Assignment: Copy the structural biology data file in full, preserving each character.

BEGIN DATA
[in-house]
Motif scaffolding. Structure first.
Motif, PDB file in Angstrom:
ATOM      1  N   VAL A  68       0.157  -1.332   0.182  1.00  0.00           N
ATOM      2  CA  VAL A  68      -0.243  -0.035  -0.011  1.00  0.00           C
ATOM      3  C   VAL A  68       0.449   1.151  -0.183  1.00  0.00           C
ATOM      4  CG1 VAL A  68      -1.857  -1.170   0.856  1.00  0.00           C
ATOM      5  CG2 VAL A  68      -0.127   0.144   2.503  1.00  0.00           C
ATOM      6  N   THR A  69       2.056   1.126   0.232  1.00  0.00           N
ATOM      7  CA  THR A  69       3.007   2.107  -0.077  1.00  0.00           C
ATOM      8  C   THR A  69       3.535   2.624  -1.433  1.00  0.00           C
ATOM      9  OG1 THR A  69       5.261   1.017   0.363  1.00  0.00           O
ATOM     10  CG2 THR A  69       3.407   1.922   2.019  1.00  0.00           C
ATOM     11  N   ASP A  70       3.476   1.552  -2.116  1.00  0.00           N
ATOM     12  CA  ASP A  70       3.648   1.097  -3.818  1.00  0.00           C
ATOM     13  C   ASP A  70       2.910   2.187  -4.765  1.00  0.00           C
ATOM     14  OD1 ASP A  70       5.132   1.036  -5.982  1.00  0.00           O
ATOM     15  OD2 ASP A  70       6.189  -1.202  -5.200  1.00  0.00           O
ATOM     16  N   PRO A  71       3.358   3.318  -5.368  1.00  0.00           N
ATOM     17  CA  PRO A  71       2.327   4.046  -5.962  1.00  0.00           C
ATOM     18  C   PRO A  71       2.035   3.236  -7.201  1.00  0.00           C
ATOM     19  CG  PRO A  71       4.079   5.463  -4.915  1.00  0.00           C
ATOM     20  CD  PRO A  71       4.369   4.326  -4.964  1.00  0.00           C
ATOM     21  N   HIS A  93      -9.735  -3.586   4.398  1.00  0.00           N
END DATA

[in-house]
Motif scaffolding. Structure first.
Motif, PDB file in Angstrom:
ATOM      1  N   VAL A  68       0.157  -1.332   0.182  1.00  0.00           N
ATOM      2  CA  VAL A  68      -0.243  -0.035  -0.011  1.00  0.00           C
ATOM      3  C   VAL A  68       0.449   1.151  -0.183  1.00  0.00           C
ATOM      4  CG1 VAL A  68      -1.857  -1.170   0.856  1.00  0.00           C
ATOM      5  CG2 VAL A  68      -0.127   0.144   2.503  1.00  0.00           C
ATOM      6  N   THR A  69       2.056   1.126   0.232  1.00  0.00           N
ATOM      7  CA  THR A  69       3.007   2.107  -0.077  1.00  0.00           C
ATOM      8  C   THR A  69       3.535   2.624  -1.433  1.00  0.00           C
ATOM      9  OG1 THR A  69       5.261   1.017   0.363  1.00  0.00           O
ATOM     10  CG2 THR A  69       3.407   1.922   2.019  1.00  0.00           C
ATOM     11  N   ASP A  70       3.476   1.552  -2.116  1.00  0.00           N
ATOM     12  CA  ASP A  70       3.648   1.097  -3.818  1.00  0.00           C
ATOM     13  C   ASP A  70       2.910   2.187  -4.765  1.00  0.00           C
ATOM     14  OD1 ASP A  70       5.132   1.036  -5.982  1.00  0.00           O
ATOM     15  OD2 ASP A  70       6.189  -1.202  -5.200  1.00  0.00           O
ATOM     16  N   PRO A  71       3.358   3.318  -5.368  1.00  0.00           N
ATOM     17  CA  PRO A  71       2.327   4.046  -5.962  1.00  0.00           C
ATOM     18  C   PRO A  71       2.035   3.236  -7.201  1.00  0.00           C
ATOM     19  CG  PRO A  71       4.079   5.463  -4.915  1.00  0.00           C
ATOM     20  CD  PRO A  71       4.369   4.326  -4.964  1.00  0.00           C
ATOM     21  N   HIS A  93      -9.735  -3.586   4.398  1.00  0.00           N